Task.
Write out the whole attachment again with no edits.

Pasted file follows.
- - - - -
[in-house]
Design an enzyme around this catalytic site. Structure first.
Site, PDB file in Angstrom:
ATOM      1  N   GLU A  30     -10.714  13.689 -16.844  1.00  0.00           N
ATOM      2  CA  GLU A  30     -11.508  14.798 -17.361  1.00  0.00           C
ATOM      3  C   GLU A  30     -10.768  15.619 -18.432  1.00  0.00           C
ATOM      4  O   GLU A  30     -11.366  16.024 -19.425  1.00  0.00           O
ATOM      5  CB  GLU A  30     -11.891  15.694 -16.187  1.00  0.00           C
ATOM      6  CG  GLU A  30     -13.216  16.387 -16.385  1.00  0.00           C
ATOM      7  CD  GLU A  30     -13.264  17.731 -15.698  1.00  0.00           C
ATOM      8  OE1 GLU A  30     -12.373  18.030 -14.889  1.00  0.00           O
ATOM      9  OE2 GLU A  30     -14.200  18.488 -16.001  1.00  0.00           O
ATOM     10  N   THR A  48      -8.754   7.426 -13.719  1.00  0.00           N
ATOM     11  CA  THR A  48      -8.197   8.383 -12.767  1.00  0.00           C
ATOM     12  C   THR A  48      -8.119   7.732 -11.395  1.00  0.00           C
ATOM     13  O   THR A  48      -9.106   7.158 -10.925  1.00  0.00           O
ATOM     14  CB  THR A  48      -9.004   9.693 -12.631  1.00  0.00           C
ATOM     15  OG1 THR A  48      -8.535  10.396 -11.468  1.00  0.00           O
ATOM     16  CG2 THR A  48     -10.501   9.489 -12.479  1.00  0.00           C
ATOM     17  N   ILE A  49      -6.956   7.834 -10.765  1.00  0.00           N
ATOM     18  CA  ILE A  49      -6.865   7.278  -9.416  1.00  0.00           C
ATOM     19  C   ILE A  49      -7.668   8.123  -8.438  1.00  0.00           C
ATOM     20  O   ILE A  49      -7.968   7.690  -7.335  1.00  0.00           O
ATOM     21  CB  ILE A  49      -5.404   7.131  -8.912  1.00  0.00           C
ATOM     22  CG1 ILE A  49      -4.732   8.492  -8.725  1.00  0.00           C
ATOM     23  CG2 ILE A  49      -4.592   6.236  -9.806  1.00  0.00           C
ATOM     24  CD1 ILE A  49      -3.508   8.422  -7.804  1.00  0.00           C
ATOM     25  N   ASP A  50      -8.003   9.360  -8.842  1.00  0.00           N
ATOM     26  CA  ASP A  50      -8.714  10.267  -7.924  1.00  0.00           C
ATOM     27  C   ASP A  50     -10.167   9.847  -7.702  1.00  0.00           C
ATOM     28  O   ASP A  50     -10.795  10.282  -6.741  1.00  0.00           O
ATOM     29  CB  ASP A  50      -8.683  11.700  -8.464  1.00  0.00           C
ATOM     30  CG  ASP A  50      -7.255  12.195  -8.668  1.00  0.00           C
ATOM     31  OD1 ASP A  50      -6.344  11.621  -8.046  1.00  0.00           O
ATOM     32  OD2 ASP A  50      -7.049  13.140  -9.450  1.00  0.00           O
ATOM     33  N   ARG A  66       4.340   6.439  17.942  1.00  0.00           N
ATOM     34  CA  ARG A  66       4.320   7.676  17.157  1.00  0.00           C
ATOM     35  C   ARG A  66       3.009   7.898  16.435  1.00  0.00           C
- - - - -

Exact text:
[in-house]
Design an enzyme around this catalytic site. Structure first.
Site, PDB file in Angstrom:
ATOM      1  N   GLU A  30     -10.714  13.689 -16.844  1.00  0.00           N
ATOM      2  CA  GLU A  30     -11.508  14.798 -17.361  1.00  0.00           C
ATOM      3  C   GLU A  30     -10.768  15.619 -18.432  1.00  0.00           C
ATOM      4  O   GLU A  30     -11.366  16.024 -19.425  1.00  0.00           O
ATOM      5  CB  GLU A  30     -11.891  15.694 -16.187  1.00  0.00           C
ATOM      6  CG  GLU A  30     -13.216  16.387 -16.385  1.00  0.00           C
ATOM      7  CD  GLU A  30     -13.264  17.731 -15.698  1.00  0.00           C
ATOM      8  OE1 GLU A  30     -12.373  18.030 -14.889  1.00  0.00           O
ATOM      9  OE2 GLU A  30     -14.200  18.488 -16.001  1.00  0.00           O
ATOM     10  N   THR A  48      -8.754   7.426 -13.719  1.00  0.00           N
ATOM     11  CA  THR A  48      -8.197   8.383 -12.767  1.00  0.00           C
ATOM     12  C   THR A  48      -8.119   7.732 -11.395  1.00  0.00           C
ATOM     13  O   THR A  48      -9.106   7.158 -10.925  1.00  0.00           O
ATOM     14  CB  THR A  48      -9.004   9.693 -12.631  1.00  0.00           C
ATOM     15  OG1 THR A  48      -8.535  10.396 -11.468  1.00  0.00           O
ATOM     16  CG2 THR A  48     -10.501   9.489 -12.479  1.00  0.00           C
ATOM     17  N   ILE A  49      -6.956   7.834 -10.765  1.00  0.00           N
ATOM     18  CA  ILE A  49      -6.865   7.278  -9.416  1.00  0.00           C
ATOM     19  C   ILE A  49      -7.668   8.123  -8.438  1.00  0.00           C
ATOM     20  O   ILE A  49      -7.968   7.690  -7.335  1.00  0.00           O
ATOM     21  CB  ILE A  49      -5.404   7.131  -8.912  1.00  0.00           C
ATOM     22  CG1 ILE A  49      -4.732   8.492  -8.725  1.00  0.00           C
ATOM     23  CG2 ILE A  49      -4.592   6.236  -9.806  1.00  0.00           C
ATOM     24  CD1 ILE A  49      -3.508   8.422  -7.804  1.00  0.00           C
ATOM     25  N   ASP A  50      -8.003   9.360  -8.842  1.00  0.00           N
ATOM     26  CA  ASP A  50      -8.714  10.267  -7.924  1.00  0.00           C
ATOM     27  C   ASP A  50     -10.167   9.847  -7.702  1.00  0.00           C
ATOM     28  O   ASP A  50     -10.795  10.282  -6.741  1.00  0.00           O
ATOM     29  CB  ASP A  50      -8.683  11.700  -8.464  1.00  0.00           C
ATOM     30  CG  ASP A  50      -7.255  12.195  -8.668  1.00  0.00           C
ATOM     31  OD1 ASP A  50      -6.344  11.621  -8.046  1.00  0.00           O
ATOM     32  OD2 ASP A  50      -7.049  13.140  -9.450  1.00  0.00           O
ATOM     33  N   ARG A  66       4.340   6.439  17.942  1.00  0.00           N
ATOM     34  CA  ARG A  66       4.320   7.676  17.157  1.00  0.00           C
ATOM     35  C   ARG A  66       3.009   7.898  16.435  1.00  0.00           C